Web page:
Psikyo Shooting Stars Alpha (NS) - ReviewEvan Norris , posted on 14 January 2020 / 2,765 Views
The scrolling shooter renaissance on Switch continues with Psikyo Shooting Stars Alpha, a commendable compilation of six shoot-em-ups from defunct Japanese developer Psikyo. Featuring several of the studio's best efforts, including three titles from the outstanding Strikers 1945 series, it's a valuable proposition for any serious shooting fan, despite a lack of special features and a few missing Psikyo classics—due out next month in the Bravo collection.
For those unaccustomed to the ways of Psikyo, a studio spun off from the team that created Aero Fighters, it specialized in vertical and horizontal shooters with multiple ships/characters, relatively short stages, and "second loops"—the arcade equivalent of a New Game+, with faster, harder-hitting enemies. The developer also had a penchant for close-quarters combat, whether it was melee strokes in Sol Divide or dragon dismounts in Dragon Blaze.
This Alpha collection, the first of two planned releases by NIS America on Switch, features six arcade games: Strikers 1945, Strikers 1945 II, Strikers 1945 III, Sol Divide, Dragon Blaze, and Zero Gunner 2. Individual shooters come equipped with several display settings, including three screen filters, two wallpapers, and support for TATE (for some titles); game settings like fighter count, number of credits, and score needed to earn an extra fighter; mappable buttons; difficulty settings; and a handy manual to explain each game's HUD, commands, and power-ups. Minus save states and a rewind feature, these settings encompass just about everything you'd need for a home console version of an arcade shooter.
The heart of the collection is the Strikers 1945 series, one of Psikyo's finest. While there are some variations among the trilogy, each installment conforms to a standard template: six fighters, each with unique bombs and charge shots; enemies and levels that combine conventional aerial warfare with science-fiction designs; and transforming bosses. The premiere game is the most accessible; part II arguably the greatest thanks to a charge gauge, an interesting collection of planes, and increased graphical depth; and part III the most challenging and complex due to its chain and technical bonuses.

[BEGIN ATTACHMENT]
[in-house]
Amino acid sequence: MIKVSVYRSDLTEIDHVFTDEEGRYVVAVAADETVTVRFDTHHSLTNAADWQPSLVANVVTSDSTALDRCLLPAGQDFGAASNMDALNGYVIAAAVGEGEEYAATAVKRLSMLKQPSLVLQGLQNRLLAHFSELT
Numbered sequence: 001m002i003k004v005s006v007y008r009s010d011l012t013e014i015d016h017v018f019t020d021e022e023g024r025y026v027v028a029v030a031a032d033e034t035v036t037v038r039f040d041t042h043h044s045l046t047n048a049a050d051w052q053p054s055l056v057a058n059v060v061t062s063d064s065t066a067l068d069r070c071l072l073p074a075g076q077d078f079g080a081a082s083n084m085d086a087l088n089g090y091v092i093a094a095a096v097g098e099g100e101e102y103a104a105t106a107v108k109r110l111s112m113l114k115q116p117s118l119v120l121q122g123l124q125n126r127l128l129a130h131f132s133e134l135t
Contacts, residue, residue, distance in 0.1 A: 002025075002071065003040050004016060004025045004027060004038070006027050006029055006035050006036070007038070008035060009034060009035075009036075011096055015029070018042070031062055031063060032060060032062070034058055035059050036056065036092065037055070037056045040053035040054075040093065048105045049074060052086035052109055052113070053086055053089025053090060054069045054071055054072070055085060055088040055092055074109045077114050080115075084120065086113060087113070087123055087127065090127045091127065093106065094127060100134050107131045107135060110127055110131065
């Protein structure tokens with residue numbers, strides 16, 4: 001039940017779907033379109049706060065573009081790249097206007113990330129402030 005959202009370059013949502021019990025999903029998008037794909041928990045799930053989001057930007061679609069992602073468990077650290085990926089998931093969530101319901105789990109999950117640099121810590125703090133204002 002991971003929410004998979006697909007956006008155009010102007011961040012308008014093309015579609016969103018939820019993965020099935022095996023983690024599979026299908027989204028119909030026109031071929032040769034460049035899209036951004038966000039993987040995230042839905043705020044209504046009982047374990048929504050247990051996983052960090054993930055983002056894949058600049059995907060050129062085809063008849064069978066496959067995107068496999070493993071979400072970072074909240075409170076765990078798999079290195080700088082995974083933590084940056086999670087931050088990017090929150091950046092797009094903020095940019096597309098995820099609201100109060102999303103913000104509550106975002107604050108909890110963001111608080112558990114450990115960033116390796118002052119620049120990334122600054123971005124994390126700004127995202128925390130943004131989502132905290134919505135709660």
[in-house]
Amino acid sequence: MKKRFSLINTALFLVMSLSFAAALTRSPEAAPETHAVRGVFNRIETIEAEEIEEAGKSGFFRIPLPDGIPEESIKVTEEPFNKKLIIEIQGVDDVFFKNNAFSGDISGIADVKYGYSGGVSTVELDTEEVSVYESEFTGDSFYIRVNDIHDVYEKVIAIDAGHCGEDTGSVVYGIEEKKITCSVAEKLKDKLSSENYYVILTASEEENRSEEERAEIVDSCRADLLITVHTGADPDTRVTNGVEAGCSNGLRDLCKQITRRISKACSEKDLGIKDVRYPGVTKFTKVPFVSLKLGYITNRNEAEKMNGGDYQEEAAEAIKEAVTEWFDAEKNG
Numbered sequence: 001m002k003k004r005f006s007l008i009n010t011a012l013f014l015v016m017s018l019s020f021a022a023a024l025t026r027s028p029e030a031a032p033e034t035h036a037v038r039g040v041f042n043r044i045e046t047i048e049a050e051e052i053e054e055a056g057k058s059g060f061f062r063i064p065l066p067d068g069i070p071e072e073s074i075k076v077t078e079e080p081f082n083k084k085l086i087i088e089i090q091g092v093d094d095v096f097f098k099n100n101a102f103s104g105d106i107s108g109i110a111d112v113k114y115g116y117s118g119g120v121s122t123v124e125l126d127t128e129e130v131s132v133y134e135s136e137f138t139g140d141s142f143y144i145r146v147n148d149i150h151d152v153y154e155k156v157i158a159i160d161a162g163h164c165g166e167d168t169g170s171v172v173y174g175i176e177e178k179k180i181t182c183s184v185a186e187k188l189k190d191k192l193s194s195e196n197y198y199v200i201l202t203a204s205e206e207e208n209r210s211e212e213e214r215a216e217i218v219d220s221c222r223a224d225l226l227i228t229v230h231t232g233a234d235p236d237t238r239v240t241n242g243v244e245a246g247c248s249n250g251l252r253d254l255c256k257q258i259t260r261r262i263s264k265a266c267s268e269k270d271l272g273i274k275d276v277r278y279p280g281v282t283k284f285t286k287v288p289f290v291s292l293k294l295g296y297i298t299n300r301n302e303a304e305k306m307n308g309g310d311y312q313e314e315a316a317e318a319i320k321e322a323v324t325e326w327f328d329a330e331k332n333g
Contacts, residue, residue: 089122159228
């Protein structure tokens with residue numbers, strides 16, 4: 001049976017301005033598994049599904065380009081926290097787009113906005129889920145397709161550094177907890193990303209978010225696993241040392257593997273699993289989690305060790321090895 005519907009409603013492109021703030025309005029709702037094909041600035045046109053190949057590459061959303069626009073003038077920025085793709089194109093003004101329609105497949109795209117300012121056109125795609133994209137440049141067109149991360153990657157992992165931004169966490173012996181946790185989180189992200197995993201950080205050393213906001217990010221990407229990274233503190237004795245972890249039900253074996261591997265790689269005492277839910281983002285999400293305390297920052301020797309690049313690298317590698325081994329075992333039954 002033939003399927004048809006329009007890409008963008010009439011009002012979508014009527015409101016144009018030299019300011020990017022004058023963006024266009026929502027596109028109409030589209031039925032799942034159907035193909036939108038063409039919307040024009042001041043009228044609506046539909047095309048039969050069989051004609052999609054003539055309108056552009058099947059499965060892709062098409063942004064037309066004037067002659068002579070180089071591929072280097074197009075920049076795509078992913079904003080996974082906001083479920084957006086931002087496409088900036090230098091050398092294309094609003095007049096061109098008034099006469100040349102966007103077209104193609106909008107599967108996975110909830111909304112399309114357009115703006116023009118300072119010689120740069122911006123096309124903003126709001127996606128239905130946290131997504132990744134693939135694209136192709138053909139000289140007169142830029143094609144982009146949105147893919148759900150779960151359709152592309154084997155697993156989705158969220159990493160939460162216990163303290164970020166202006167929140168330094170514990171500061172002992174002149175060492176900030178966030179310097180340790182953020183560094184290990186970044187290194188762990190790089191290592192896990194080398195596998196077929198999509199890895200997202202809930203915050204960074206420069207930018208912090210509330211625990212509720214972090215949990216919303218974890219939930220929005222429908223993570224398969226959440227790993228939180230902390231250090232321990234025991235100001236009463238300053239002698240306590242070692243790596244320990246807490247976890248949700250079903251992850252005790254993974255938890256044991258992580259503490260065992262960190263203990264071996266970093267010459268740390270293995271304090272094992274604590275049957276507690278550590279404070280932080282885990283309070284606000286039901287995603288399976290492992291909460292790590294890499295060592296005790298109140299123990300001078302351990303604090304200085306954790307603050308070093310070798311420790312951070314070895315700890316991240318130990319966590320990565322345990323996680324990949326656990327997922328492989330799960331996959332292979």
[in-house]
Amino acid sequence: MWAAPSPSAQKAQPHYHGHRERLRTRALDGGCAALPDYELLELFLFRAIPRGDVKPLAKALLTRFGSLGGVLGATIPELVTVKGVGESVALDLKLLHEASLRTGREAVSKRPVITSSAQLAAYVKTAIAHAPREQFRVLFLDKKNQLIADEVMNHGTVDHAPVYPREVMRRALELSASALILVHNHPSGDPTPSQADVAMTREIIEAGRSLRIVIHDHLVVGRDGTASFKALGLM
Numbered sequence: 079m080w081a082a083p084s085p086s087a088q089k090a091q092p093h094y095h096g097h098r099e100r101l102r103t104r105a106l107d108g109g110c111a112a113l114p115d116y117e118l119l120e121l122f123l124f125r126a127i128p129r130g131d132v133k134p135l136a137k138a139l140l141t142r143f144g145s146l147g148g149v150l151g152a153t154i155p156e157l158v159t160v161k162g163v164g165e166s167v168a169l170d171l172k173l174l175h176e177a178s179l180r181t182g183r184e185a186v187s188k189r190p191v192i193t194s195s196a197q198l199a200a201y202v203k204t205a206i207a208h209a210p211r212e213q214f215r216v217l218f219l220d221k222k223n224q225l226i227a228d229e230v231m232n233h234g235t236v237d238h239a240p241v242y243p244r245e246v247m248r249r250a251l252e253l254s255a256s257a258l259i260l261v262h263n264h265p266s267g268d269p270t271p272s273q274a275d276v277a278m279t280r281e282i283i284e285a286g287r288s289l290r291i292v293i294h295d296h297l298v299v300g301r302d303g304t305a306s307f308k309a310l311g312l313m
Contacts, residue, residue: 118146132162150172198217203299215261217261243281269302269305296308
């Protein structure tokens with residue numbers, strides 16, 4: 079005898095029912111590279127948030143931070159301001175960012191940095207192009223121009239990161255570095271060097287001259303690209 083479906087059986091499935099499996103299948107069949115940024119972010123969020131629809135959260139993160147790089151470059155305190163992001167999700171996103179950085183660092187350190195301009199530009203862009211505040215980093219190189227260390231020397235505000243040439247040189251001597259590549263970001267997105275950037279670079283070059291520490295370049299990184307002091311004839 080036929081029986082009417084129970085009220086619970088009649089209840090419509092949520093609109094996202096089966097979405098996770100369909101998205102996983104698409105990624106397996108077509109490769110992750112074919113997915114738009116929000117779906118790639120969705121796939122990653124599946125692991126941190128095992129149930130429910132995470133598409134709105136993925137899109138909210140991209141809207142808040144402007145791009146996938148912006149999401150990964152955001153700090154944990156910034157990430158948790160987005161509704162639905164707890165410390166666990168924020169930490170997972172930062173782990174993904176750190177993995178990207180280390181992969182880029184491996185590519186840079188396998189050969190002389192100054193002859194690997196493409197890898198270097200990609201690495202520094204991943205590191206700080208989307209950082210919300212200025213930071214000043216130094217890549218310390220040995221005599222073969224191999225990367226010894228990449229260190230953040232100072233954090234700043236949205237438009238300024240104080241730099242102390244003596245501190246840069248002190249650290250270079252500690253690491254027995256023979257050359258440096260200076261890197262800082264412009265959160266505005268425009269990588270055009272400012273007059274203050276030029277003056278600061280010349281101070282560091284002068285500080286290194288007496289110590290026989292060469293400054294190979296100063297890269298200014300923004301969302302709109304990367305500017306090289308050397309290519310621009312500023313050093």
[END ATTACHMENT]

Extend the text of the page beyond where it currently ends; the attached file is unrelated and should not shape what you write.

If the Strikers series marks the best of Psikyo Shooting Stars Alpha, then Sol Divide represents the worst. A bold, unorthodox horizontally-scrolling action title that combines arcade shooting with hack-and-slash gameplay and RPG elements, it sounds fascinating on paper but stumbles in execution. Players can choose from three characters who hover around levels, firing projectiles, swinging blades, and deploying spells powered by a magic bar. It's all very provocative, but due to clumsy combat, unusually short levels, and blurry CG rendered graphics, Sol Divide is easily the most skippable entry in the collection.
Another knock against Sol Divide: it's missing the rogue-like "Original Mode" exclusive to the PlayStation and Saturn ports of the game.
On the other side of the spectrum is Dragon Blaze, one of Psikyo's top individual efforts. Where many of the studio's earlier titles conform to a classical shoot-em-up formula, Dragon Blaze falls more in line with Cave-style bullet-hell shooters; it's among the most frantic and difficult of the games in the Alpha anthology. However, thanks to bright, attractive graphical assets, four playable characters, and a unique dragon dismount mechanic, it's also one of the very best. Each character rides a flying dragon steed, which can be dismounted and ordered forward to act as a melee battering ram and/or a remote turret. This adds depth to the scoring system as enemies downed by projectiles grant silver coins while those destroyed by dragon melee attacks award gold currency.
The final game on file is Zero Gunner 2, a 2001 swan song for Psikyo. Although it's one of the prettiest and most unusual of the six games assembled here, it's also one of the easiest and most straightforward. Across several brief levels, you'll pilot one of three helicopters in full 360 degrees. By holding down the Y button (by default) and moving the analog stick, you're able to rotate the chopper around to face enemies up, down, left, and right. It's a bit fussy—the Switch port seems to be screaming for a twin-stick option—but it does provide refreshing freedom of movement. Thanks to its widescreen presentation, this one is especially entertaining with a friend by your side in local co-op.
While Psikyo Shooting Stars Alpha graciously supports two-player co-op in all six games, TATE mode for the four vertically-scrolling shooters, and reliable technical performance throughout, it's missing a few special features, including concept art, a music select option, and behind-the-scenes information about the games and Psikyo in general—the kind of extras that have become more and more commonplace in Switch collections. It's also absent online leaderboards, which seems a strange misstep for a series of games all about achieving high scores.
Despite some missing extras, Psikyo Shooting Stars Alpha is a fine collection of some of Psikyo's best works. The headliners include Dragon Blaze and the Strikers trilogy, while Zero Gunner 2 is a fun diversion and Sol Divide interesting mostly for its novelties. Scrolling shooter fans—particularly those with a Flip Grip—should snatch it up, aim for high scores, and prepare themselves to complete the package with February's Bravo anthology.
This review is based on a digital copy of Psikyo Shooting Stars Alpha for the NS, provided by the publisher.
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